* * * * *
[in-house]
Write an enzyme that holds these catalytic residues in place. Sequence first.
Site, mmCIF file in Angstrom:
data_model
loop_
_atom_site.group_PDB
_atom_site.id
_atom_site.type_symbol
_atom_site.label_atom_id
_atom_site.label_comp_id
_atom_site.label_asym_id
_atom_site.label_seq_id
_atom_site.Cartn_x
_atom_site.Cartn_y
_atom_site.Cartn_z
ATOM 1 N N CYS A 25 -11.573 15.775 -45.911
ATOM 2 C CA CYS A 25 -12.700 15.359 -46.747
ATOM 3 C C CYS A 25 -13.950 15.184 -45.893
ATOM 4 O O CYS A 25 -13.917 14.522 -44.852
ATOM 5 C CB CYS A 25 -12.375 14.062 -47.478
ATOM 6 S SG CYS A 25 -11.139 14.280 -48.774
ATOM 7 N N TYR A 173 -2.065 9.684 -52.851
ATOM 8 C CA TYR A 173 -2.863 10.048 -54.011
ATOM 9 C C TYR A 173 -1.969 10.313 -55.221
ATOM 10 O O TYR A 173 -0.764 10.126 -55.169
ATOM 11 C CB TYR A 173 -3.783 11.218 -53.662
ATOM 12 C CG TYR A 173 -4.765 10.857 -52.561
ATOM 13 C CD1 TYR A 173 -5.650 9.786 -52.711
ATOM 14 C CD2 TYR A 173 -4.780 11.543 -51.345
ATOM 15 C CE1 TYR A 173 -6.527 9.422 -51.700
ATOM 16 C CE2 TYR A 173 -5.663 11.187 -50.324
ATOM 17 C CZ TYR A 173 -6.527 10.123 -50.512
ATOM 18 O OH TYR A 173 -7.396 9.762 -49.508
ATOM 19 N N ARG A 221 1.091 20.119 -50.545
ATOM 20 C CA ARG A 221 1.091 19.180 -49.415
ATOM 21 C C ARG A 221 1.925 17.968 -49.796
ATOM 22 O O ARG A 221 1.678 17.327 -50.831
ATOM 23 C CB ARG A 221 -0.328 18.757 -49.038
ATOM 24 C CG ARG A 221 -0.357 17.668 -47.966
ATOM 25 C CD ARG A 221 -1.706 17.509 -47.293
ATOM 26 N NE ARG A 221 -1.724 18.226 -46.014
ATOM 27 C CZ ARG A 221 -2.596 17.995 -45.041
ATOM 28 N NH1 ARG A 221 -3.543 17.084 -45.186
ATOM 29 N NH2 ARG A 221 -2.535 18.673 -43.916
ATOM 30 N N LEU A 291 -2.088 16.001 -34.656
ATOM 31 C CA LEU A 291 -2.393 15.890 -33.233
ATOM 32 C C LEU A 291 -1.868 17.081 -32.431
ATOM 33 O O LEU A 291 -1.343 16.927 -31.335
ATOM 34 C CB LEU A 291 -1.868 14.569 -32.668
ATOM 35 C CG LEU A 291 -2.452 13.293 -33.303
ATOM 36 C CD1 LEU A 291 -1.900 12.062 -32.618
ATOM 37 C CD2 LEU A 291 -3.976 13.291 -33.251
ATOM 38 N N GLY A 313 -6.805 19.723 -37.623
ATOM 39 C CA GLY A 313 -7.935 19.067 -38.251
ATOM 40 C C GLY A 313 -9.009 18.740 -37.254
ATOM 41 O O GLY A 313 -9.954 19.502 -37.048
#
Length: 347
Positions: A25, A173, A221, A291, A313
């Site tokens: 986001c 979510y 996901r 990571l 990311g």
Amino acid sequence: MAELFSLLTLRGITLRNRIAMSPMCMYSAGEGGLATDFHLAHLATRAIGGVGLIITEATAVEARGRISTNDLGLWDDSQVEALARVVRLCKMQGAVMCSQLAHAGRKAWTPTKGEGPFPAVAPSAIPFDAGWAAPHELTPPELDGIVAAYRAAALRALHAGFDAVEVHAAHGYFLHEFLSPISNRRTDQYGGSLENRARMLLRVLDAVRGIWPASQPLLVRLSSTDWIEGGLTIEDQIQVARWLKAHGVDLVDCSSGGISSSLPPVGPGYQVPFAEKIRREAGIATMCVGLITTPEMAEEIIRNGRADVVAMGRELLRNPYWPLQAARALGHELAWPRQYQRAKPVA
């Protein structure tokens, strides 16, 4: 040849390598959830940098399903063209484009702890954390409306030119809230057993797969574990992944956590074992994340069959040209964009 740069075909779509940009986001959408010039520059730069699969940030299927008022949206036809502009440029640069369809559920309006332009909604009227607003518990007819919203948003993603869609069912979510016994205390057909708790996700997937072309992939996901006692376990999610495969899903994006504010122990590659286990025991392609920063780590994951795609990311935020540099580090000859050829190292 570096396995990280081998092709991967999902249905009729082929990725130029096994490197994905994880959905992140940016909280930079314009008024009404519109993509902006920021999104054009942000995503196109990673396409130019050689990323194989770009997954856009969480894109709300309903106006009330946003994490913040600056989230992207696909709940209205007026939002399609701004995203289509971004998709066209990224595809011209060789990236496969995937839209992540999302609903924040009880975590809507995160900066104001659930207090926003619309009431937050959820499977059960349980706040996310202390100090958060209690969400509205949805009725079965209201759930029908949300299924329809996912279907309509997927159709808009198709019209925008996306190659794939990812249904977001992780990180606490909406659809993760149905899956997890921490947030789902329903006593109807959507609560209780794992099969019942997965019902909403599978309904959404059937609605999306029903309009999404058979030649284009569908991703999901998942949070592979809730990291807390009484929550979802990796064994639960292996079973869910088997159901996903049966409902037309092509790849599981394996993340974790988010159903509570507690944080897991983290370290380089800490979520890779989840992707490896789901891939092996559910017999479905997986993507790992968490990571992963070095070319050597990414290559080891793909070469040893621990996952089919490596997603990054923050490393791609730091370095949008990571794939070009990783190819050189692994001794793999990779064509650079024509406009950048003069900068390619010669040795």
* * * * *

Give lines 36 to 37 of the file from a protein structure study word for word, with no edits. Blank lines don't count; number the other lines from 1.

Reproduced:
ATOM 21 C C ARG A 221 1.925 17.968 -49.796
ATOM 22 O O ARG A 221 1.678 17.327 -50.831